wanted to be Mulder and Scully,
clenching flashlights, chasing the unknown down alleys.
Some nights we pondered the universe,
infinite, filled with other life, we said,
maybe dimension-hopping beings,
or time-traveling creatures.
We never saw triangle objects or bright lights,
just planes flying low,
a few shooting stars.
We passed out in sleeping bags as the sun
climbed over mountains and blue dawn
shined on the familiar and known.
Today, I came across a link to this list of the 10 best nonfiction pieces of the past 50 years. They are all classics, but I must confess, there are still a couple I haven’t read. If you are a fan of creative nonfiction, I highly recommend these! After a weekend away in Newport eating lobster roll after lobster hash after lobster bisque, I think it may be time for a reread of David Foster Wallace’s humorous yet thought-provoking “Consider the Lobster”. Or maybe after my trip to San Francisco, it is time to revisit Joan Didion’s “Slouching Towards Bethlehem.” Or maybe I’ll pick something new. All of these are great summer reads, so check them out!
Our gorgeous second issue of Two Cities is officially available and ready for reading! Get on over to our Current Issue page and read some stunning new nonfiction, fiction, and poetry by both established and exciting emerging authors. We’re very proud of this one and want you to spread the word. Enjoy and happy reading!
We are hard at work this week, finalizing the summer 2014 issue of Two Cities Review. In some ways, getting out the second issue will prove that we’re the real deal, a literary magazine with plans for the future. After all, many people and organizations can cobble together one issue, but we’re here for the long haul, and we’re wildly excited about the poetry and fiction set to appear in the next week. I thought I’d point out a few intriguing lines and opening scenes just to whet your appetite.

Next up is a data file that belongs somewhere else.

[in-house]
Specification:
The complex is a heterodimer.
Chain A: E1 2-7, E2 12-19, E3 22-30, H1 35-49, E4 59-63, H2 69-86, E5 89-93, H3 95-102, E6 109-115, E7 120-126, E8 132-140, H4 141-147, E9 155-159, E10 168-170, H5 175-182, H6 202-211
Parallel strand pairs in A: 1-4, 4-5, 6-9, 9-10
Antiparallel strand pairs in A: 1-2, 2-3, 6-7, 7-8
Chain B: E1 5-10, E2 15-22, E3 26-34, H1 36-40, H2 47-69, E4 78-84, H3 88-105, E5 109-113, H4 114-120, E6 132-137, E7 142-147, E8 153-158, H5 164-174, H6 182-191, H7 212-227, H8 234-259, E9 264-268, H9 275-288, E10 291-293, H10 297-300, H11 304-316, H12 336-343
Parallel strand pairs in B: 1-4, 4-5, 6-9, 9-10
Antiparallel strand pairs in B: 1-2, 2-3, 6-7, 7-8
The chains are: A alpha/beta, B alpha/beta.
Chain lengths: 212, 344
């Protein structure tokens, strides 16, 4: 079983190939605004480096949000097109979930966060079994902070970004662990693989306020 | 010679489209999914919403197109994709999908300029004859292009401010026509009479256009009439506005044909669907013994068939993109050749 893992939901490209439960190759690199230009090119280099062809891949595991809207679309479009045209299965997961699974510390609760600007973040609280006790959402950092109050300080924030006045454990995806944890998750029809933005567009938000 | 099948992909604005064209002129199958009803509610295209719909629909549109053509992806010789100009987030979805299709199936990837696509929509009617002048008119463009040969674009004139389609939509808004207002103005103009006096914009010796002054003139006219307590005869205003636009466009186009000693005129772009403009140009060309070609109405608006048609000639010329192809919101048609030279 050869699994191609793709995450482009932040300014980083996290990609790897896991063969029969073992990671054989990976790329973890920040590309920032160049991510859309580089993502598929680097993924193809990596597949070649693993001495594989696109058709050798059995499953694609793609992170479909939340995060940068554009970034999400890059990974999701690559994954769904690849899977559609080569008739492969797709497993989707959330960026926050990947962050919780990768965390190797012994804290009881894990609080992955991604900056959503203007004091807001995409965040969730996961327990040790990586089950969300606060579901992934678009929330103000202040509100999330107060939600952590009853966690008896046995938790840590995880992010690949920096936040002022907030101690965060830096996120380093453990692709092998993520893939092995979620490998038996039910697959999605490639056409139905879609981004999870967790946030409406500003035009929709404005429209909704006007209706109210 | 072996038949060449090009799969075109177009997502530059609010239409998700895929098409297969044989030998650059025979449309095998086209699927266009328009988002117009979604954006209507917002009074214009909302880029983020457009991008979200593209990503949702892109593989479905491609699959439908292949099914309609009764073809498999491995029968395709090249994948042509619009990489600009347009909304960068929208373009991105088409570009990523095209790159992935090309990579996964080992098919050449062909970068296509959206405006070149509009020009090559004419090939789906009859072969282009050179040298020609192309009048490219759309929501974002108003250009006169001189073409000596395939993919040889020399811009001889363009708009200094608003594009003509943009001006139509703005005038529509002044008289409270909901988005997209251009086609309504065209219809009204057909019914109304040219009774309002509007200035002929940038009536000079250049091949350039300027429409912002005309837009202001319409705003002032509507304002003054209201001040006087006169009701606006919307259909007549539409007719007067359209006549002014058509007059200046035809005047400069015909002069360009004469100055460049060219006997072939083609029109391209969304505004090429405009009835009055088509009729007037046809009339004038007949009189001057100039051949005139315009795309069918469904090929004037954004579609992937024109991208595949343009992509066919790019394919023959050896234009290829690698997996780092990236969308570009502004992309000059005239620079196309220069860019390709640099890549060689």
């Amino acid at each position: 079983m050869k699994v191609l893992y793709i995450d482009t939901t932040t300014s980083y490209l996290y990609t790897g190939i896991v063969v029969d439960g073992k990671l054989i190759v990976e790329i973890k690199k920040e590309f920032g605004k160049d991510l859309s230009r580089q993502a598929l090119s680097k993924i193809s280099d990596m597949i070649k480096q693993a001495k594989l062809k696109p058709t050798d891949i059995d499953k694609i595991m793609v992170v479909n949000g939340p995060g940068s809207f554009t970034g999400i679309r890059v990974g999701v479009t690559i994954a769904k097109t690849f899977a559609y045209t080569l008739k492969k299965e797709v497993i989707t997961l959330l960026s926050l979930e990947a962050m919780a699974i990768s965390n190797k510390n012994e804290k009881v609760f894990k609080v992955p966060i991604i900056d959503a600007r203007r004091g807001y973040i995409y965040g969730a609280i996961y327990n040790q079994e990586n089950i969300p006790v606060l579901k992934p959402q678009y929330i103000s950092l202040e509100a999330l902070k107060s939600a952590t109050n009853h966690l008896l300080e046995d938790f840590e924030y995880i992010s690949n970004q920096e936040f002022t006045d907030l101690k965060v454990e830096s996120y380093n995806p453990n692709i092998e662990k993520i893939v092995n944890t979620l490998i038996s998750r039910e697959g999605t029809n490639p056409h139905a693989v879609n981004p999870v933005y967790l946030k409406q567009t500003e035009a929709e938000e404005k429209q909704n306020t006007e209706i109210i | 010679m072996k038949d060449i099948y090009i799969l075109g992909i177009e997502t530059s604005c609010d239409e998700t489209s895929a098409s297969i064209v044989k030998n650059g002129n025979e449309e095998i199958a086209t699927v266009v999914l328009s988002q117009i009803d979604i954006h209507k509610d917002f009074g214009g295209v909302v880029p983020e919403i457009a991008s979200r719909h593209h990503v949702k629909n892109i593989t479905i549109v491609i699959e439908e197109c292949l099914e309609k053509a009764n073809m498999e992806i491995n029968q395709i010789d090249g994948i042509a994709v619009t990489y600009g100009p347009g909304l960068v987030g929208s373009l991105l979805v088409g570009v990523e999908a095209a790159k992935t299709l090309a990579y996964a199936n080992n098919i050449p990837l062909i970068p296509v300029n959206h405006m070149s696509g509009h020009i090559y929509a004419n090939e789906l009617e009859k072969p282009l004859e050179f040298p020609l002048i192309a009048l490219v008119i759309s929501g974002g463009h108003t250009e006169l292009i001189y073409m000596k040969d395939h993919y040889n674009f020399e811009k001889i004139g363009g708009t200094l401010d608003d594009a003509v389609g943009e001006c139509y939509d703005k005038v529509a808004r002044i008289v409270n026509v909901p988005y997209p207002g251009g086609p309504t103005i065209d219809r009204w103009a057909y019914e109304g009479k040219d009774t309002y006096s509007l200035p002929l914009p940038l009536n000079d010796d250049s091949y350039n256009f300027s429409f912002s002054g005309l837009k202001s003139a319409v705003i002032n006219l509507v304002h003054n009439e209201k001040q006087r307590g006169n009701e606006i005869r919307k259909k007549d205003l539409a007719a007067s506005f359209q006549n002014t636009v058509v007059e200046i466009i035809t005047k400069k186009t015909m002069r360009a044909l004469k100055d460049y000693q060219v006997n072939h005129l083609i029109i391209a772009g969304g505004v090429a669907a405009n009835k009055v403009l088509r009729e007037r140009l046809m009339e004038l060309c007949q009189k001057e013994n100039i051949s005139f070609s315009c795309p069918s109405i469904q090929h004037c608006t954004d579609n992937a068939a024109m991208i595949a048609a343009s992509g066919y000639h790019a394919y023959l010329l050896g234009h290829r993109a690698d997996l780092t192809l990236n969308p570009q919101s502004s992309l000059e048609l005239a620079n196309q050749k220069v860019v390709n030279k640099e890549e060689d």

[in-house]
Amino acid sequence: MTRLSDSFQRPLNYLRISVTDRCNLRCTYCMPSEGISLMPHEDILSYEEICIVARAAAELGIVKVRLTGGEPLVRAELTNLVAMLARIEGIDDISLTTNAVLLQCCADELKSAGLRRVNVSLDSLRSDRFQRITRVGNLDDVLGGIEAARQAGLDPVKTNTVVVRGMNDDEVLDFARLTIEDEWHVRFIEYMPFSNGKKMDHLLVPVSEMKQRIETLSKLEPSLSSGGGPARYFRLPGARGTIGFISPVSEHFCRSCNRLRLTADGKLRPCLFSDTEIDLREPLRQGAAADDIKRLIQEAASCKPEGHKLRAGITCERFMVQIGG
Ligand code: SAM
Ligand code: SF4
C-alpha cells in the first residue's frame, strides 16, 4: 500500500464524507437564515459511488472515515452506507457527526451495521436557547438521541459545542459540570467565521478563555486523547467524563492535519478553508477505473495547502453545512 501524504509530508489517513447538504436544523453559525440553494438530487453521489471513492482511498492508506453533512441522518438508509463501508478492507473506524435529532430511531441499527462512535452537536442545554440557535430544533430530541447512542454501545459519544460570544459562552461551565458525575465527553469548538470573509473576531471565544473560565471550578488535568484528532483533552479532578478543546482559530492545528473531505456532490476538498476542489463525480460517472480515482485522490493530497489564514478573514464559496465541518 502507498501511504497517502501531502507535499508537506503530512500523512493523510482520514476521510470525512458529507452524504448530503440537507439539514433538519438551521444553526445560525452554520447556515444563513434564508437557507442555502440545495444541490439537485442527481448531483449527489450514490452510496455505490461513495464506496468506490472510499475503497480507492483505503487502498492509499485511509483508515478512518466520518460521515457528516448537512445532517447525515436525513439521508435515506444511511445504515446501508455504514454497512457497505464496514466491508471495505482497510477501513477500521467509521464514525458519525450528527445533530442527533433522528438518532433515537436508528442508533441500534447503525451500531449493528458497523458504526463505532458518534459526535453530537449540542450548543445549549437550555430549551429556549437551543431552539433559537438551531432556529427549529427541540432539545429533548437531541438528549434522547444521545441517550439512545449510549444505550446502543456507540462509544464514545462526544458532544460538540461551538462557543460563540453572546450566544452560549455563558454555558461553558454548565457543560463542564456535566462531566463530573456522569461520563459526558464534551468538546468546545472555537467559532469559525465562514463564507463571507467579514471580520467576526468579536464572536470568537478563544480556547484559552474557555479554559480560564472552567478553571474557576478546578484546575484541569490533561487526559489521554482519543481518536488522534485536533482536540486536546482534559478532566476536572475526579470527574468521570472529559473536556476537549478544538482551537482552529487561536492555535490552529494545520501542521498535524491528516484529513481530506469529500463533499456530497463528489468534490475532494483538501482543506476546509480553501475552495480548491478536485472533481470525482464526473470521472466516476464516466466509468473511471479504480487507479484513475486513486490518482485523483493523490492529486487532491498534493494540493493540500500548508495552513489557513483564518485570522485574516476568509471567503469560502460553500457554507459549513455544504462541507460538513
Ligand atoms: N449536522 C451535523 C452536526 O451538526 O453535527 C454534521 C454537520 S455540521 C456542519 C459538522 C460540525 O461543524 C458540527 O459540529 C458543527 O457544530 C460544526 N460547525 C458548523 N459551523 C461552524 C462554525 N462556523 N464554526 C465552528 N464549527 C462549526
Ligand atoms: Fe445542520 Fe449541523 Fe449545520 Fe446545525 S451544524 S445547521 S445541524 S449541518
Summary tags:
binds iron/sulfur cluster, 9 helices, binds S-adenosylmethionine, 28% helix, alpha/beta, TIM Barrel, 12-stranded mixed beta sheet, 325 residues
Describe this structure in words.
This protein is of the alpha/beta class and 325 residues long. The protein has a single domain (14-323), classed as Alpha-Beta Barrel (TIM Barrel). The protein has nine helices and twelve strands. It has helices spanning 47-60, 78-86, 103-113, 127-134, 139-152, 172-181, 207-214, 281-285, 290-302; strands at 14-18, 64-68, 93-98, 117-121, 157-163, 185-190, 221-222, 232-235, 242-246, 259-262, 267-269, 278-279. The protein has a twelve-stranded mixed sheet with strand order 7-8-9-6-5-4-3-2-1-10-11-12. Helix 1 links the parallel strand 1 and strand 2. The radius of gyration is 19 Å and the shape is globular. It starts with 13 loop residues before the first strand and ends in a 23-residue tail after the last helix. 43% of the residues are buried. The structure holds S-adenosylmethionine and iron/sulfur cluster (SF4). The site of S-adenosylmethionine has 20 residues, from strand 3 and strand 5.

From writer Bhaswati Ghosh:
“The road is a messy
The weekend sun, a limp
slice of lemon.
It sneaks out without a whimper. and is not missed.
I sit in the car, waiting for you to return
their attendance necessary for updating the week’s meal roster.”
Or from Rachel Lyon:
“THE BEETLE LEOPARD was about the size of a large cocker spaniel, with a coat like the coat of a tortoiseshell cat: uneven, mostly dark, of mottled browns and blacks. The private company that kept him in his vivarium on Pigeon Street claimed he was the only beetle leopard on Earth.”
You’ll have to stop by Two Cities Review’s page later this week in order to read more, and to see other stories and poems from our wonderful lineup for this issue. And don’t forget that we are always reading submissions for our next issue, too; visit our Submit page for more information.
Time is running out, writers! In order to be considered for publication in Two Cities’ issue 2, you must submit your work by May 15. If you’ve been on the fence about submitting, now is the time to take the plunge! We are still looking for the best in poetry, fiction, and creative non-fiction, so get in there. If you miss the deadline, your work will be still be considered for upcoming issues. But who wants to wait? We look forward to reading your submissions.
Find out about submitting to Two Cities Review here.